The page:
Both Judas and Peter had an opportunity to repent. Both could have sought forgiveness. Only Peter did, and he went on to be a powerhouse preacher and force for the Kingdom of God. Jesus reinstated Peter, recommissioning him to the mission of being a fisher of men. Judas, however, let regret rob him of the Easter experience. Judas let regret rob him of Resurrection. Judas let regret get in the way of his discipleship and call to follow Jesus. Here is what I think:
Remorse that leads to regret produces death.
Remorse that leads to repentance produces Resurrection.
Scripture tells us Judas faced destruction and that it would have been better for him never to have been born because of the consequences he would endure. He had the same opportunity as Peter, but didn’t seize it. Instead, he was seized be remorse and literally had the life choked out of him.
The Bible teaches that remorse that leads us to repent, to seek forgiveness, to seek to change, can bring about a resurrection experience in our lives. We see it in the life of Peter. His calling was resurrected, and he was empowered by the Holy Spirit to do more than he had ever dreamed for the Lord.
II Corinthians 7:10 says, “Godly sorrow brings repentance that leads to salvation and leaves no regret, but worldly sorrow brings death.”What is worldly sorrow? It can simply be regret that we got caught, rather than be regret that we have done something wrong. It can be regret that causes us to feel unworthy or disqualified from the love of God. Let me tell you something about the cross in light of the resurrection: The blood of Jesus shed on the Cross has prequalified all of us for the love, grace, mercy and forgiveness of God. Tell your neighbor, “I have been prequalified!”
Don’t let regret keep you from experiencing Easter.
I don’t know what you regret this morning. I don’t know what you have done and wish you could do over. I don’t know what is part of your story, part of your past or even part of your present that has made you feel disqualified from God’s love or the power of the Resurrection, but God has sent me to tell you today that you don’t have to live with the shame and guilt of remorse. You can live in the freedom and power of the Resurrection if you will come to Jesus.
Mark 16:1-8 1 When the Sabbath was over, Mary Magdalene, Mary the mother of James, and Salome bought spices so that they might go to anoint Jesus’ body. 2 Very early on the first day of the week, just after sunrise, they were on their way to the tomb 3 and they asked each other, “Who will roll the stone away from the entrance of the tomb?”
Who will roll the stone away from the entrance of the tomb? The question was a legitimate one. When you synthesize the Gospel accounts of the Resurrection, it isn’t clear exactly how many women went to the tomb to anoint Jesus’ body, but it obviously was too few to be able to accomplish the task of rolling the stone away from the entrance to the tomb or they wouldn’t have asked the question. No matter the number of women who were making that trip, they didn’t have the strength or the know-how to do it. What they were basically asking was, “Who will make an impossible task possible?” They were asking how a miracle would occur in the midst of a situation that would take one if they were going to accomplish what they had set out to do.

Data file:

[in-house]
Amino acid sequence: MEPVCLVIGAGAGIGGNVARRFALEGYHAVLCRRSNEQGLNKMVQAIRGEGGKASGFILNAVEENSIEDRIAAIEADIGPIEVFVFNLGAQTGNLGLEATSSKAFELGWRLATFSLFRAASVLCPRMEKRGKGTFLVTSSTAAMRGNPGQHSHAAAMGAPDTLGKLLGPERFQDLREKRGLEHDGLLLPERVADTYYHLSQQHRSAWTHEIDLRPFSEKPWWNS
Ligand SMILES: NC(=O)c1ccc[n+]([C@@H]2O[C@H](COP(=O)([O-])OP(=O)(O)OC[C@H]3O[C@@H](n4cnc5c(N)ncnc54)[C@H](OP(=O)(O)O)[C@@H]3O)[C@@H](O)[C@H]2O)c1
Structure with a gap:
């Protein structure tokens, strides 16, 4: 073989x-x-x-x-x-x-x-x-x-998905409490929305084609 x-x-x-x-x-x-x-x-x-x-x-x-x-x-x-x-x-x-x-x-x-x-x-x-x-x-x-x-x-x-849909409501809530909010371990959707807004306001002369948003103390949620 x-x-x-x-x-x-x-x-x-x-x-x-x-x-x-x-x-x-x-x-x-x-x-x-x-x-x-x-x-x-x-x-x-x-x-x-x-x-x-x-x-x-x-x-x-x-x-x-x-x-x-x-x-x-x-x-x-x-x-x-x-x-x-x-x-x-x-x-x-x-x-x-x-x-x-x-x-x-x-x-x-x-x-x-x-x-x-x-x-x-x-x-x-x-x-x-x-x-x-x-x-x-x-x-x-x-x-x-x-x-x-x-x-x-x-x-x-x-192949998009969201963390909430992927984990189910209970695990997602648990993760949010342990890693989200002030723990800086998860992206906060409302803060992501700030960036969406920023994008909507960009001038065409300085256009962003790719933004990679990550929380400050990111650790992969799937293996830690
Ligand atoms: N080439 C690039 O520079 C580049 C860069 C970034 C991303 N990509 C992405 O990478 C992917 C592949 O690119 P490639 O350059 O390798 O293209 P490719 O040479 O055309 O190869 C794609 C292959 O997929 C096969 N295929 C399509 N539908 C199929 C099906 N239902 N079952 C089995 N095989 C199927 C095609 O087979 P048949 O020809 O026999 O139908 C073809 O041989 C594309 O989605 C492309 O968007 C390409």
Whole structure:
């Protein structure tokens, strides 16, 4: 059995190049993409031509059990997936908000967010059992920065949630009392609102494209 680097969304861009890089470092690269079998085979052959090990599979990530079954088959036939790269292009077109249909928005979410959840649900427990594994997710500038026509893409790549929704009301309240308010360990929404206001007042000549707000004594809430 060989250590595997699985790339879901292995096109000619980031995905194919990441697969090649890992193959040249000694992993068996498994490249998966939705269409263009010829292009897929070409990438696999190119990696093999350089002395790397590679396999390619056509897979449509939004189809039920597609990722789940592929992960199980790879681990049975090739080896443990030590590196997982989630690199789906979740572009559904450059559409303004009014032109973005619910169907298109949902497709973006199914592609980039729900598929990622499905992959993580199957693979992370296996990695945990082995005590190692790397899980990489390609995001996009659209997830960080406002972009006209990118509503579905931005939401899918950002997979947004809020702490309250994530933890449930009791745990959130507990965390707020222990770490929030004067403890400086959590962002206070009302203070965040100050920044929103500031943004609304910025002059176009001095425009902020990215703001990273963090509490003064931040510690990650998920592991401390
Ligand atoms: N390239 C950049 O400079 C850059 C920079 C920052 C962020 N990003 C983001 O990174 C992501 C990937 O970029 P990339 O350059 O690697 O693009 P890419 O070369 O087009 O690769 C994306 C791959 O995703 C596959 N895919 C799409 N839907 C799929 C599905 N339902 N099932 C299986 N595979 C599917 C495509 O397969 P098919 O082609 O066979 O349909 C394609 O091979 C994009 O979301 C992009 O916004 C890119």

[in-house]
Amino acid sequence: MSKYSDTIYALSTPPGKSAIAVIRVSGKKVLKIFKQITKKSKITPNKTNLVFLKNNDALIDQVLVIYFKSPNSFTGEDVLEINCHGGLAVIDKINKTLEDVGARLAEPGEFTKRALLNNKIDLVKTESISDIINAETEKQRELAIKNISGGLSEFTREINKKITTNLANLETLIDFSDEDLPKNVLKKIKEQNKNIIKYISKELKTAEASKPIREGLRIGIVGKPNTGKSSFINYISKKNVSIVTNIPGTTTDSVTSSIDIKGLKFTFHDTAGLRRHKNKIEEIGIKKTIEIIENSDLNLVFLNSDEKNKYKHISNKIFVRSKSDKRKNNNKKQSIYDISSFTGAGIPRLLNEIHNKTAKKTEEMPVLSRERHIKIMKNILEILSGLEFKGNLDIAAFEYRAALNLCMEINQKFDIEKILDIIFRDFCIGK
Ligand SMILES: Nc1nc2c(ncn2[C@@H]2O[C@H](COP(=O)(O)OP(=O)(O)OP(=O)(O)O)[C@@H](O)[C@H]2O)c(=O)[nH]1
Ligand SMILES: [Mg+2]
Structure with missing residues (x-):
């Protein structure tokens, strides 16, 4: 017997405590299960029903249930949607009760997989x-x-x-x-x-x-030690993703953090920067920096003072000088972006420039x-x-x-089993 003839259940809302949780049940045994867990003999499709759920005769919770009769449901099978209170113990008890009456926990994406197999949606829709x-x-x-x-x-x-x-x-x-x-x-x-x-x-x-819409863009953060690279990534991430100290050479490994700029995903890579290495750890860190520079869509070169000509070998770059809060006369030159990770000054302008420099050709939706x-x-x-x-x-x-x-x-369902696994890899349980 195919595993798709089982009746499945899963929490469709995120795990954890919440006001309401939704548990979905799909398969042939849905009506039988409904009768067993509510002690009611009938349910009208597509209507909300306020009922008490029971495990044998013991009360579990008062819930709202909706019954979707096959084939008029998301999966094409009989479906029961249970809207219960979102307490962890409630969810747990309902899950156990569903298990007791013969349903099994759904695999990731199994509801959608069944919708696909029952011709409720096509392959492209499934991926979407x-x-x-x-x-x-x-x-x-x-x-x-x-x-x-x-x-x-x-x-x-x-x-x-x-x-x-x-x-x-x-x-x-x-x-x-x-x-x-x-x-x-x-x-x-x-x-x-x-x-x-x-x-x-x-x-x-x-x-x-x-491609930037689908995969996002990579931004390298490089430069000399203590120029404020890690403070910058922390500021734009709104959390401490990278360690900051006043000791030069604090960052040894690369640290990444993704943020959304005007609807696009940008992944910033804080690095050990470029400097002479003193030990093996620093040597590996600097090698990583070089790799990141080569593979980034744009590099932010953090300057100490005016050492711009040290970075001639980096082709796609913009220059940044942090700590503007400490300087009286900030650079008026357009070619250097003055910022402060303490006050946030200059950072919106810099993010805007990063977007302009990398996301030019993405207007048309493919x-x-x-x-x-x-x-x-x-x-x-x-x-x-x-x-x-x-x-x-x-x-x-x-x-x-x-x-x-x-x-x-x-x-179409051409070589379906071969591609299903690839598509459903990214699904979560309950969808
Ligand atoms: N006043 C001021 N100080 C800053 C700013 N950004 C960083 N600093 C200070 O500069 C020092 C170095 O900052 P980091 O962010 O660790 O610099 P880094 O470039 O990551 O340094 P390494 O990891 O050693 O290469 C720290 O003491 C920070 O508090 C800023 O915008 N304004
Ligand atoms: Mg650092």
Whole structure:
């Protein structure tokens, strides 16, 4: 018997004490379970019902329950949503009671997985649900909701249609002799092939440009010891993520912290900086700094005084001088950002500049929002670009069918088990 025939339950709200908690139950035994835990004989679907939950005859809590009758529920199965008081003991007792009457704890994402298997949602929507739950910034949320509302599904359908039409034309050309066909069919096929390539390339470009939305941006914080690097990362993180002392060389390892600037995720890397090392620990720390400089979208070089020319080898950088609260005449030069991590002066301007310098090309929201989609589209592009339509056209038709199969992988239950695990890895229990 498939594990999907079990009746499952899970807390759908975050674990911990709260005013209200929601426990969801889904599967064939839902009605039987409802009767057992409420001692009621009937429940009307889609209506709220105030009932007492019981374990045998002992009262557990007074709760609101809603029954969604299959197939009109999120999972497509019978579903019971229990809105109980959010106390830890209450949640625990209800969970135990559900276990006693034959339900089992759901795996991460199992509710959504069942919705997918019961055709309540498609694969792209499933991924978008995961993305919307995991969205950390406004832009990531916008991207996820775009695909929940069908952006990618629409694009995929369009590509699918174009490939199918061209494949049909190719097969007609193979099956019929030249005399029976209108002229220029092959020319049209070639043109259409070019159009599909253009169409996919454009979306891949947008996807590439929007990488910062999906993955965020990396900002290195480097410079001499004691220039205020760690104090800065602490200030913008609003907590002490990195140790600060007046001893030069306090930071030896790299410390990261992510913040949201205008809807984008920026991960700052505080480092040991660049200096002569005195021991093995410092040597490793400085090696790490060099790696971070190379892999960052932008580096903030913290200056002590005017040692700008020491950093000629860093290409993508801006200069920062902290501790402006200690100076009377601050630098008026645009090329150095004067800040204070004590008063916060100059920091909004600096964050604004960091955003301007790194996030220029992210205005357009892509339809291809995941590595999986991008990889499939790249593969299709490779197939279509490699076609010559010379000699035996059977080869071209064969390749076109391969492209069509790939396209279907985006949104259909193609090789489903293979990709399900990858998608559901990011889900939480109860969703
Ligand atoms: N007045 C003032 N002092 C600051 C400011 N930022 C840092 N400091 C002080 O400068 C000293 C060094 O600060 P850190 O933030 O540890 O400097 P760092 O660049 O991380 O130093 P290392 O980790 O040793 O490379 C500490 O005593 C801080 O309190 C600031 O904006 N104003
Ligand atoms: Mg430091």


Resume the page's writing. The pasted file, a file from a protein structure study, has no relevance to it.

It is natural to have questions when it comes to experiencing God. If we are really pursuing a relationship with God, we will likely have more questions about God, the Bible, faith, and what God’s will means for us personally than the questions we have in most any other area of our lives. Our questions come from the fact that we are limited. We are limited in our ability to understand some things. We are limited to time and space while God stands outside of those realities. We are limited by our location, our circumstances, our desires, our feelings and perceptions, and even by our life experiences as they all set perimeters and contexts for us which can become hard to get past, and that inability to know it all and explain it all puts us in an uncomfortable place.
What if the women started talking about the impossible feat of moving that stone and concluded there was no need to make the trip since they wouldn’t be able to move the it? They would have missed that announcement of the Resurrection entirely. Are you allowing your questions about faith, the Bible, Jesus, Heaven, and more keep you from encountering the Risen Christ? Lots of people, you see, think they have to have all of the answers, that they have to have everything figured out in order to take the plunge and follow Jesus. It doesn’t work like that. If it did, there would be no reason for faith. It is faith that pleases God. It is faith that moves us from our strength and self-effort to God’s power and grace.